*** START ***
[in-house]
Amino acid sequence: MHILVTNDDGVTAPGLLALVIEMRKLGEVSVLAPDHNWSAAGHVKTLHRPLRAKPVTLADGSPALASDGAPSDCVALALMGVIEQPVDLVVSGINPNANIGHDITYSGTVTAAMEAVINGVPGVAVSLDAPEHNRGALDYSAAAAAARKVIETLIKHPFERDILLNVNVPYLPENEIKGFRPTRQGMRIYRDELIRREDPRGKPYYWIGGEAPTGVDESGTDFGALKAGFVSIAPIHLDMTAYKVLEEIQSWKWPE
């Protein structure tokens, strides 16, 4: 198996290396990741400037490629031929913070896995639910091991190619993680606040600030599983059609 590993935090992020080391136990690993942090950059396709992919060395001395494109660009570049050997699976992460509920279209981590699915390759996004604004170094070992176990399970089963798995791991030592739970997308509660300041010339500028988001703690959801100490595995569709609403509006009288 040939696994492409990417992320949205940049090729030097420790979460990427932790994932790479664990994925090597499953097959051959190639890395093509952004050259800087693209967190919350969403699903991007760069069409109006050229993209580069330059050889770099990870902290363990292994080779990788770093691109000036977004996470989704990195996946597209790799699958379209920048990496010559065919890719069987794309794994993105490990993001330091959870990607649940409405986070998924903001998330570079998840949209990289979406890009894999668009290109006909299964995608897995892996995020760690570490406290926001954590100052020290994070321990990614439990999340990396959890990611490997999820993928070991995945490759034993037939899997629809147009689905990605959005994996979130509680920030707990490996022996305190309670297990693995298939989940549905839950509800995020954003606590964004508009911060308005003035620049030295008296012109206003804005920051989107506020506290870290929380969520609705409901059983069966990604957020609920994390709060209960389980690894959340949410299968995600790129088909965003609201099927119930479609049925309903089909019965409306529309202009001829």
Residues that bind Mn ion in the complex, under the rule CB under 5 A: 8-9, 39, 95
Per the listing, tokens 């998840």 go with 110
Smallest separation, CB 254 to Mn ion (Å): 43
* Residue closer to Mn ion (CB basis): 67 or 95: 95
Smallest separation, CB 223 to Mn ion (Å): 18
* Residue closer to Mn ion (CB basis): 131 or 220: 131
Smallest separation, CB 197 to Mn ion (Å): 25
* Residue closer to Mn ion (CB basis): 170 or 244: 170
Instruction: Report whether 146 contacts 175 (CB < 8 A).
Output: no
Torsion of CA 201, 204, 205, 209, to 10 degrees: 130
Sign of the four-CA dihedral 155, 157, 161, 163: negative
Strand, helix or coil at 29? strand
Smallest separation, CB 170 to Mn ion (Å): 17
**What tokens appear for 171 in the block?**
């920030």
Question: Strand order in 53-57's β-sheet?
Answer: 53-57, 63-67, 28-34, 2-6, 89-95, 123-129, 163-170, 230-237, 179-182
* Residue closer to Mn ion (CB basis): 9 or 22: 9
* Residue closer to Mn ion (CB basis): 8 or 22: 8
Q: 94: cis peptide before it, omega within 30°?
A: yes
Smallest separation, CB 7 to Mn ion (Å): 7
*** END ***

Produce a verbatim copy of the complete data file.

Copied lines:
[in-house]
Amino acid sequence: MHILVTNDDGVTAPGLLALVIEMRKLGEVSVLAPDHNWSAAGHVKTLHRPLRAKPVTLADGSPALASDGAPSDCVALALMGVIEQPVDLVVSGINPNANIGHDITYSGTVTAAMEAVINGVPGVAVSLDAPEHNRGALDYSAAAAAARKVIETLIKHPFERDILLNVNVPYLPENEIKGFRPTRQGMRIYRDELIRREDPRGKPYYWIGGEAPTGVDESGTDFGALKAGFVSIAPIHLDMTAYKVLEEIQSWKWPE
């Protein structure tokens, strides 16, 4: 198996290396990741400037490629031929913070896995639910091991190619993680606040600030599983059609 590993935090992020080391136990690993942090950059396709992919060395001395494109660009570049050997699976992460509920279209981590699915390759996004604004170094070992176990399970089963798995791991030592739970997308509660300041010339500028988001703690959801100490595995569709609403509006009288 040939696994492409990417992320949205940049090729030097420790979460990427932790994932790479664990994925090597499953097959051959190639890395093509952004050259800087693209967190919350969403699903991007760069069409109006050229993209580069330059050889770099990870902290363990292994080779990788770093691109000036977004996470989704990195996946597209790799699958379209920048990496010559065919890719069987794309794994993105490990993001330091959870990607649940409405986070998924903001998330570079998840949209990289979406890009894999668009290109006909299964995608897995892996995020760690570490406290926001954590100052020290994070321990990614439990999340990396959890990611490997999820993928070991995945490759034993037939899997629809147009689905990605959005994996979130509680920030707990490996022996305190309670297990693995298939989940549905839950509800995020954003606590964004508009911060308005003035620049030295008296012109206003804005920051989107506020506290870290929380969520609705409901059983069966990604957020609920994390709060209960389980690894959340949410299968995600790129088909965003609201099927119930479609049925309903089909019965409306529309202009001829």
Residues that bind Mn ion in the complex, under the rule CB under 5 A: 8-9, 39, 95
Per the listing, tokens 């998840």 go with 110
Smallest separation, CB 254 to Mn ion (Å): 43
* Residue closer to Mn ion (CB basis): 67 or 95: 95
Smallest separation, CB 223 to Mn ion (Å): 18
* Residue closer to Mn ion (CB basis): 131 or 220: 131
Smallest separation, CB 197 to Mn ion (Å): 25
* Residue closer to Mn ion (CB basis): 170 or 244: 170
Instruction: Report whether 146 contacts 175 (CB < 8 A).
Output: no
Torsion of CA 201, 204, 205, 209, to 10 degrees: 130
Sign of the four-CA dihedral 155, 157, 161, 163: negative
Strand, helix or coil at 29? strand
Smallest separation, CB 170 to Mn ion (Å): 17
**What tokens appear for 171 in the block?**
């920030």
Question: Strand order in 53-57's β-sheet?
Answer: 53-57, 63-67, 28-34, 2-6, 89-95, 123-129, 163-170, 230-237, 179-182
* Residue closer to Mn ion (CB basis): 9 or 22: 9
* Residue closer to Mn ion (CB basis): 8 or 22: 8
Q: 94: cis peptide before it, omega within 30°?
A: yes
Smallest separation, CB 7 to Mn ion (Å): 7